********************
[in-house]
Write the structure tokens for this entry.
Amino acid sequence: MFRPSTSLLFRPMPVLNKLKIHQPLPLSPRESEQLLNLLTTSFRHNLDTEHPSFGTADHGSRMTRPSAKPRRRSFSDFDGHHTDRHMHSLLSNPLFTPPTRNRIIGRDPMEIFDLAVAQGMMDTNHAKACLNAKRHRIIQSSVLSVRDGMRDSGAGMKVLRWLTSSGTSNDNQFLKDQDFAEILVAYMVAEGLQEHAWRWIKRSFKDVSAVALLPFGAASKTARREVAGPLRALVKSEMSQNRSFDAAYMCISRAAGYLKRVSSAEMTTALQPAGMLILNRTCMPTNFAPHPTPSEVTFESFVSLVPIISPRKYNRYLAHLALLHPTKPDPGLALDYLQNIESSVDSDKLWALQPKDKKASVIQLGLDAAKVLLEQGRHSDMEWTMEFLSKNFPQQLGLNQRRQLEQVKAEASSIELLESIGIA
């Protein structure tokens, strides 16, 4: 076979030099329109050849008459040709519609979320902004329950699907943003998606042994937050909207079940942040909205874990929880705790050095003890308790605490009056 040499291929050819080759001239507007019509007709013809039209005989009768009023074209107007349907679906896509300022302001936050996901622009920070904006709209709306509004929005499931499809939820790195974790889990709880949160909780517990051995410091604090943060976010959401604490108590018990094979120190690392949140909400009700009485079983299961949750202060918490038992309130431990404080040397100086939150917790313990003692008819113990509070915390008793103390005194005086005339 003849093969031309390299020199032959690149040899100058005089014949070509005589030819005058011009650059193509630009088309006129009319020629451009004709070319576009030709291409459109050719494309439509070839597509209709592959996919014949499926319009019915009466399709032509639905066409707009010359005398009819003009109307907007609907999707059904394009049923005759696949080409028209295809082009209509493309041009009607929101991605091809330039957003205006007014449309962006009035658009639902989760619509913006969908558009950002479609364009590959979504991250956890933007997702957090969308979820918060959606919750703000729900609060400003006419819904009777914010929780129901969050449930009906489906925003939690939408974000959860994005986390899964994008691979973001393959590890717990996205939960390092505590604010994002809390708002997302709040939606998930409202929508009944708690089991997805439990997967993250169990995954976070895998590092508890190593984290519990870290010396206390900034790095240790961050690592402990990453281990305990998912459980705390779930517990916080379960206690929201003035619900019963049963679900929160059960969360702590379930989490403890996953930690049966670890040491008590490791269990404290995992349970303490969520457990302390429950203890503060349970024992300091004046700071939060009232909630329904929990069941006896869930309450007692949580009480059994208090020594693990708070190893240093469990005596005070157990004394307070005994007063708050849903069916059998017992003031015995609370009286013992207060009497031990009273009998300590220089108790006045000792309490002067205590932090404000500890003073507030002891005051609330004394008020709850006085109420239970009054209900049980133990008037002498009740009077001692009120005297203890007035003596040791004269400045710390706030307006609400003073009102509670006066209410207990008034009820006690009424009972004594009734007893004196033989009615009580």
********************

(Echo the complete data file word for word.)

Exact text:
[in-house]
Write the structure tokens for this entry.
Amino acid sequence: MFRPSTSLLFRPMPVLNKLKIHQPLPLSPRESEQLLNLLTTSFRHNLDTEHPSFGTADHGSRMTRPSAKPRRRSFSDFDGHHTDRHMHSLLSNPLFTPPTRNRIIGRDPMEIFDLAVAQGMMDTNHAKACLNAKRHRIIQSSVLSVRDGMRDSGAGMKVLRWLTSSGTSNDNQFLKDQDFAEILVAYMVAEGLQEHAWRWIKRSFKDVSAVALLPFGAASKTARREVAGPLRALVKSEMSQNRSFDAAYMCISRAAGYLKRVSSAEMTTALQPAGMLILNRTCMPTNFAPHPTPSEVTFESFVSLVPIISPRKYNRYLAHLALLHPTKPDPGLALDYLQNIESSVDSDKLWALQPKDKKASVIQLGLDAAKVLLEQGRHSDMEWTMEFLSKNFPQQLGLNQRRQLEQVKAEASSIELLESIGIA
């Protein structure tokens, strides 16, 4: 076979030099329109050849008459040709519609979320902004329950699907943003998606042994937050909207079940942040909205874990929880705790050095003890308790605490009056 040499291929050819080759001239507007019509007709013809039209005989009768009023074209107007349907679906896509300022302001936050996901622009920070904006709209709306509004929005499931499809939820790195974790889990709880949160909780517990051995410091604090943060976010959401604490108590018990094979120190690392949140909400009700009485079983299961949750202060918490038992309130431990404080040397100086939150917790313990003692008819113990509070915390008793103390005194005086005339 003849093969031309390299020199032959690149040899100058005089014949070509005589030819005058011009650059193509630009088309006129009319020629451009004709070319576009030709291409459109050719494309439509070839597509209709592959996919014949499926319009019915009466399709032509639905066409707009010359005398009819003009109307907007609907999707059904394009049923005759696949080409028209295809082009209509493309041009009607929101991605091809330039957003205006007014449309962006009035658009639902989760619509913006969908558009950002479609364009590959979504991250956890933007997702957090969308979820918060959606919750703000729900609060400003006419819904009777914010929780129901969050449930009906489906925003939690939408974000959860994005986390899964994008691979973001393959590890717990996205939960390092505590604010994002809390708002997302709040939606998930409202929508009944708690089991997805439990997967993250169990995954976070895998590092508890190593984290519990870290010396206390900034790095240790961050690592402990990453281990305990998912459980705390779930517990916080379960206690929201003035619900019963049963679900929160059960969360702590379930989490403890996953930690049966670890040491008590490791269990404290995992349970303490969520457990302390429950203890503060349970024992300091004046700071939060009232909630329904929990069941006896869930309450007692949580009480059994208090020594693990708070190893240093469990005596005070157990004394307070005994007063708050849903069916059998017992003031015995609370009286013992207060009497031990009273009998300590220089108790006045000792309490002067205590932090404000500890003073507030002891005051609330004394008020709850006085109420239970009054209900049980133990008037002498009740009077001692009120005297203890007035003596040791004269400045710390706030307006609400003073009102509670006066209410207990008034009820006690009424009972004594009734007893004196033989009615009580």